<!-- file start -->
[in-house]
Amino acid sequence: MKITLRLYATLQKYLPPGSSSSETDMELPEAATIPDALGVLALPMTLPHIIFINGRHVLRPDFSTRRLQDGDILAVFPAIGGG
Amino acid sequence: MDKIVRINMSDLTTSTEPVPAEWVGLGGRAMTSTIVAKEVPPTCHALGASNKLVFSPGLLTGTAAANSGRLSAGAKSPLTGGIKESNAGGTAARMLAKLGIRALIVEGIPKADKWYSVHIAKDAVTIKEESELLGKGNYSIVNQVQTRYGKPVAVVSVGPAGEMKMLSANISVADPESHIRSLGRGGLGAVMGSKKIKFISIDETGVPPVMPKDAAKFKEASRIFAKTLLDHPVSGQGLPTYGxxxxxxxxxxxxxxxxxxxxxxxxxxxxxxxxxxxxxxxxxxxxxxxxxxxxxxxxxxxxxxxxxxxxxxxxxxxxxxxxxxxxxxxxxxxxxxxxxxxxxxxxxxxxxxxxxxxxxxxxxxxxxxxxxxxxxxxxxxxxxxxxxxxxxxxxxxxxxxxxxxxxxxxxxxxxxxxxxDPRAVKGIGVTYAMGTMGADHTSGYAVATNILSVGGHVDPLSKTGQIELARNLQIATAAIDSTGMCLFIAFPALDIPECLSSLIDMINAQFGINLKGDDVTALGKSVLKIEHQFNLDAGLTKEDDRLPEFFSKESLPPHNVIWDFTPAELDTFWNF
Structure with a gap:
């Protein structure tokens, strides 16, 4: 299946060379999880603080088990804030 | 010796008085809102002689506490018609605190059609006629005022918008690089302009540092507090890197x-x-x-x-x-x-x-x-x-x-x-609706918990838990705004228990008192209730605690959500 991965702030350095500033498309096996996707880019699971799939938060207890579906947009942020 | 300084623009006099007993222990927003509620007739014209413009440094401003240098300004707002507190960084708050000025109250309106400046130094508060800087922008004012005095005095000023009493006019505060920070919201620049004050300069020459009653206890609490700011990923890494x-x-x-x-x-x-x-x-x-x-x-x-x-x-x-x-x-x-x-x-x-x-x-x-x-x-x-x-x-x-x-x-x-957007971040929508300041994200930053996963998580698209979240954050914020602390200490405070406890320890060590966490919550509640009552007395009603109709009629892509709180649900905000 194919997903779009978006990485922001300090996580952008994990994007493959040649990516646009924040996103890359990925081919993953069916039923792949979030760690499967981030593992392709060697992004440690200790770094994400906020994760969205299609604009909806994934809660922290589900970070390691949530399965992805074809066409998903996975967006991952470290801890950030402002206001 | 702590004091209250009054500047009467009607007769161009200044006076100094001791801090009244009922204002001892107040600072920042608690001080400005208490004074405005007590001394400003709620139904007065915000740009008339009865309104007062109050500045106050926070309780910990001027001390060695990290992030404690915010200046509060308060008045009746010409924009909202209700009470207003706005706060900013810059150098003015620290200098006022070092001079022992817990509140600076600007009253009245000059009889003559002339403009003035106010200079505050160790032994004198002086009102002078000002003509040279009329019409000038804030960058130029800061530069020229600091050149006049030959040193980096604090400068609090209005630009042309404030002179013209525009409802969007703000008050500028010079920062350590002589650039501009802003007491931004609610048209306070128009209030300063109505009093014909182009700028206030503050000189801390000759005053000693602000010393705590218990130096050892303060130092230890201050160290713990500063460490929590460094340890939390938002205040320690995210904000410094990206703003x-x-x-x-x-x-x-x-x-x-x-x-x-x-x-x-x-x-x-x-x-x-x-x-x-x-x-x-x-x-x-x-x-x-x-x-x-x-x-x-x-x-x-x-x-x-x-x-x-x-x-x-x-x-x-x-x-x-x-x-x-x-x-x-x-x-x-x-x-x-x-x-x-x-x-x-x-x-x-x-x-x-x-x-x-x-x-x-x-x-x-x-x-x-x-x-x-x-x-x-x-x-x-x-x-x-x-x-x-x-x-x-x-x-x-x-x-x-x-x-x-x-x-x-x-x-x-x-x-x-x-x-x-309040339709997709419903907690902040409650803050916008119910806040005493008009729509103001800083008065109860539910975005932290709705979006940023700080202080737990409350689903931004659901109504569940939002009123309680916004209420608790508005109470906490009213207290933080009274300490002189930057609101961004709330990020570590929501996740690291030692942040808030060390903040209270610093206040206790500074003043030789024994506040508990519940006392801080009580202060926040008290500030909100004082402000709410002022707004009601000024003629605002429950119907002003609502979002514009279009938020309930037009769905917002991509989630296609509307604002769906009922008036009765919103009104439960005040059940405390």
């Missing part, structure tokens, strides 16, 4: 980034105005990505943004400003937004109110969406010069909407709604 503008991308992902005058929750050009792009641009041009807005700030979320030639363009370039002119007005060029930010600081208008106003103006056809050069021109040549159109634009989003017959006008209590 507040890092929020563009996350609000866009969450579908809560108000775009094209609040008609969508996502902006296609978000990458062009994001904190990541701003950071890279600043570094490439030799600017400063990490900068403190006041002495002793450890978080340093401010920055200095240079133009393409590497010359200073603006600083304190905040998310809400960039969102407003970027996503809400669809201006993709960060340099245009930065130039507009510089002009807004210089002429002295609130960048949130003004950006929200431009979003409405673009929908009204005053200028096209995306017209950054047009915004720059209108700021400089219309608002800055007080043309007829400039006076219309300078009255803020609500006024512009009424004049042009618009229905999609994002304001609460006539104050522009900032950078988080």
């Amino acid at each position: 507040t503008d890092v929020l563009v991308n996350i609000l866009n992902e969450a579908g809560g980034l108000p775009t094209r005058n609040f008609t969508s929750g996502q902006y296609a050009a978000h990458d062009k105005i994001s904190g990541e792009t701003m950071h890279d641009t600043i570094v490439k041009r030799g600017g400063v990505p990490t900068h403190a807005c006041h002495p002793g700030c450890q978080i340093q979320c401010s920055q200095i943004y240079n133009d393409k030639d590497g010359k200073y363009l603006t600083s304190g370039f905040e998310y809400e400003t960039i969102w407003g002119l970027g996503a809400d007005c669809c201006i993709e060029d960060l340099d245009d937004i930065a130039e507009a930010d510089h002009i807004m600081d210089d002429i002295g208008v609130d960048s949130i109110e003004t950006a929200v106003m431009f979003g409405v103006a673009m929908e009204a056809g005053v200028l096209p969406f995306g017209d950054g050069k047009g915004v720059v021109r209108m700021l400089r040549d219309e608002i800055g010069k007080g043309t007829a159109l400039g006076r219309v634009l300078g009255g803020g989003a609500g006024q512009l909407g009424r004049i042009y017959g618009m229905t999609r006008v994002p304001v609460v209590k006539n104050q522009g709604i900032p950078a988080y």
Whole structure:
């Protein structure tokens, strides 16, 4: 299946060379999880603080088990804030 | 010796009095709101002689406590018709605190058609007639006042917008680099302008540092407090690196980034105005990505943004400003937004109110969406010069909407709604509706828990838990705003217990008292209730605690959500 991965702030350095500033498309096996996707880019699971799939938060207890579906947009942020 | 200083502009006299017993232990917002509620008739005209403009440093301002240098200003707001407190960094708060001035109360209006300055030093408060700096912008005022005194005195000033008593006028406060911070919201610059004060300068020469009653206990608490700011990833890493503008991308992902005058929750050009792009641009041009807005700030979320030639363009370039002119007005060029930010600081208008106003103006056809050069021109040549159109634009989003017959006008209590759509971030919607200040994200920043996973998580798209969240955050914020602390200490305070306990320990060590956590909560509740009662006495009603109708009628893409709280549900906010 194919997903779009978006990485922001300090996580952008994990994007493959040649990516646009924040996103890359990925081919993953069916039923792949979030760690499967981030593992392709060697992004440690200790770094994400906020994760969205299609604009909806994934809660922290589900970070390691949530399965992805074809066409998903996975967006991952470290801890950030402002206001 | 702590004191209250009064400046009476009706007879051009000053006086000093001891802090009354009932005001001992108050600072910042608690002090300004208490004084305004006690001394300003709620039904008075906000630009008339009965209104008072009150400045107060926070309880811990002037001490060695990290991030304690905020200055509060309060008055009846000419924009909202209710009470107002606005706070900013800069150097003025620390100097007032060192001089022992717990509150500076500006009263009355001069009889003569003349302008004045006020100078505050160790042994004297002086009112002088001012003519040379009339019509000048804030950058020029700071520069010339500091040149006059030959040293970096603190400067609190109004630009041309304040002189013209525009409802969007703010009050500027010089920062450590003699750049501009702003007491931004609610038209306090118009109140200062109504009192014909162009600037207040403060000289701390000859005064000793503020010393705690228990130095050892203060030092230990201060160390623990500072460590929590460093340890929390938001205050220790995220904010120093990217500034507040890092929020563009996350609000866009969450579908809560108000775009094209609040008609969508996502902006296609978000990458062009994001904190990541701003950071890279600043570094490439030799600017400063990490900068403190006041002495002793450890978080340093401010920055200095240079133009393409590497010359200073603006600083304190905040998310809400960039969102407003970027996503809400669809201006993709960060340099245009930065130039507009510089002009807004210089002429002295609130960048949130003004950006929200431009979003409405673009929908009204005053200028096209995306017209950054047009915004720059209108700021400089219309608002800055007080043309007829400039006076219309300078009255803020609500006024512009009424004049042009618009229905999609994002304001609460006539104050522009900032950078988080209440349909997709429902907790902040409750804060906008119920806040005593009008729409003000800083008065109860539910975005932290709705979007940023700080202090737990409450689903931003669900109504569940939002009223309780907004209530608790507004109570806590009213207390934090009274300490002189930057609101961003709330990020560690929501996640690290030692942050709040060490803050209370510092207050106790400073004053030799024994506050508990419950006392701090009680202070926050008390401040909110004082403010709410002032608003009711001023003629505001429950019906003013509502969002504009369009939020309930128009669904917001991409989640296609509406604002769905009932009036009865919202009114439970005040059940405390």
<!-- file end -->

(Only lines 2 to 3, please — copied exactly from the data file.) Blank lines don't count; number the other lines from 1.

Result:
Amino acid sequence: MKITLRLYATLQKYLPPGSSSSETDMELPEAATIPDALGVLALPMTLPHIIFINGRHVLRPDFSTRRLQDGDILAVFPAIGGG
Amino acid sequence: MDKIVRINMSDLTTSTEPVPAEWVGLGGRAMTSTIVAKEVPPTCHALGASNKLVFSPGLLTGTAAANSGRLSAGAKSPLTGGIKESNAGGTAARMLAKLGIRALIVEGIPKADKWYSVHIAKDAVTIKEESELLGKGNYSIVNQVQTRYGKPVAVVSVGPAGEMKMLSANISVADPESHIRSLGRGGLGAVMGSKKIKFISIDETGVPPVMPKDAAKFKEASRIFAKTLLDHPVSGQGLPTYGxxxxxxxxxxxxxxxxxxxxxxxxxxxxxxxxxxxxxxxxxxxxxxxxxxxxxxxxxxxxxxxxxxxxxxxxxxxxxxxxxxxxxxxxxxxxxxxxxxxxxxxxxxxxxxxxxxxxxxxxxxxxxxxxxxxxxxxxxxxxxxxxxxxxxxxxxxxxxxxxxxxxxxxxxxxxxxxxxDPRAVKGIGVTYAMGTMGADHTSGYAVATNILSVGGHVDPLSKTGQIELARNLQIATAAIDSTGMCLFIAFPALDIPECLSSLIDMINAQFGINLKGDDVTALGKSVLKIEHQFNLDAGLTKEDDRLPEFFSKESLPPHNVIWDFTPAELDTFWNF